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Home / singapore / Background analysis is becoming increasingly difficult due to privacy laws, the latest news from Singapore

Background analysis is becoming increasingly difficult due to privacy laws, the latest news from Singapore



More job applicants resort to false degrees to increase their chances of employment even when companies are stepping up checks on such fraud.

Private investigators and specialized firms dealing with background surveys of potential employees for companies say that their work is getting harder and that some fake cases can pass.

They commented that the man behind the leak of HIV data, Mikhi Farrera Brochez, managed to use false educational credentials to work as a lecturer in two polytechnics in Singapore.

The American and his Singapore lover, Ler Teck Siang, were later convicted of their role in cheating on two blood tests to enable HIV-positive Brochez to pass the tests.

The Ministry of Health revealed on Monday that Brochez, who was deported after being released from prison in April last year, leaked online personal information and HIV status to 14,200 Singaporeans and permanent residents.

Ler pulled confidential data to the drive when he was the head of the National Public Health Unit.

Mr James Loh, director of international investigators, said some companies would pay up to $ 15,000 to check the qualifications of a potential employee.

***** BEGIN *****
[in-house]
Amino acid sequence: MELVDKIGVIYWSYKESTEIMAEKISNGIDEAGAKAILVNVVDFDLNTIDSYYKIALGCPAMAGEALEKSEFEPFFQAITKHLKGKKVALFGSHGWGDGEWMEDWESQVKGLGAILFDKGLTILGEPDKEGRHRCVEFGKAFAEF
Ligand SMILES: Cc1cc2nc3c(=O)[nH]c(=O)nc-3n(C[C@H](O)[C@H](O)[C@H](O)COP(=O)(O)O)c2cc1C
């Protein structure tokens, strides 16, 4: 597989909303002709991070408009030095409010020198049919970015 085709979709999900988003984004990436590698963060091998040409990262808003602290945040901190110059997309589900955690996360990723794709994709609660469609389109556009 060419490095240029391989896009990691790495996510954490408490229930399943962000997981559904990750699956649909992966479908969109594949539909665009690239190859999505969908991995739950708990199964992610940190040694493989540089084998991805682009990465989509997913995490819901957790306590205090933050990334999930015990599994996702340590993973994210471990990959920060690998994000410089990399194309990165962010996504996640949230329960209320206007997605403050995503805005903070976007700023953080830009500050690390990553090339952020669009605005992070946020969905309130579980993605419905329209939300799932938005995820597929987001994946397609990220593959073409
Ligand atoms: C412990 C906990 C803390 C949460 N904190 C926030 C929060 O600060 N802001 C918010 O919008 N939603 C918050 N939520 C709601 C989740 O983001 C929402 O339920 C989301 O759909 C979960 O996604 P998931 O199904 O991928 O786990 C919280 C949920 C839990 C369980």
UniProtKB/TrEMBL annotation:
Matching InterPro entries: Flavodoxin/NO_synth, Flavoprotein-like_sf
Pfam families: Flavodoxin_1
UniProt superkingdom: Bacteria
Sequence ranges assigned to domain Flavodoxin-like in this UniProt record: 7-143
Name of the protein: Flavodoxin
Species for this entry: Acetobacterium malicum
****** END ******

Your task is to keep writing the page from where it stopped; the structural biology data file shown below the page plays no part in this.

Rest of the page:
"Some educational institutions do not receive checks via e-mail or phone," he said.

Some customers would pay to travel to the foreign university to confirm the qualifications of the applicant, he added.

"When it comes to a senior position with a six-month annual salary, some companies do not mind spending a five-digit sum."

A potential employee with certificates that are found to be false or suspect is rejected.

Mr Loh said that some companies also oversee employees who are considering upgrading to high positions, and can be replaced or degraded if checks cause concern.

In both scenarios, most companies would deal with this issue internally without involving the police, Loh said.

Mr David Kang, founder of SG Investigators, said that the implementation of background controls has become increasingly difficult due to privacy laws.

"It's good that personal information is protected, but that means we can not freely check the origin of people," he said.

As a result, there is no guarantee that fraud can be identified.

Mr. Kannan Chettiar, director of Avvanz, a background research firm, said that, based on their experience, "more than 35 percent" biography has some form of disagreement.

"Organizations have begun checks not only on high-risk individuals, but also on new members and existing employees," he said.

Ms. Elizabeth Fitzell, Executive Director of the Risk Group, said that "around 8 to 10 percent" checks create problematic qualifications.

"The most common scenario is the people who were in the institution, but they never completed the course," she said.

She added that the only way to confirm their authenticity is to check with the institution.

"Certificates can be easily created online," she said. "Or you can get them from the staircase mills."


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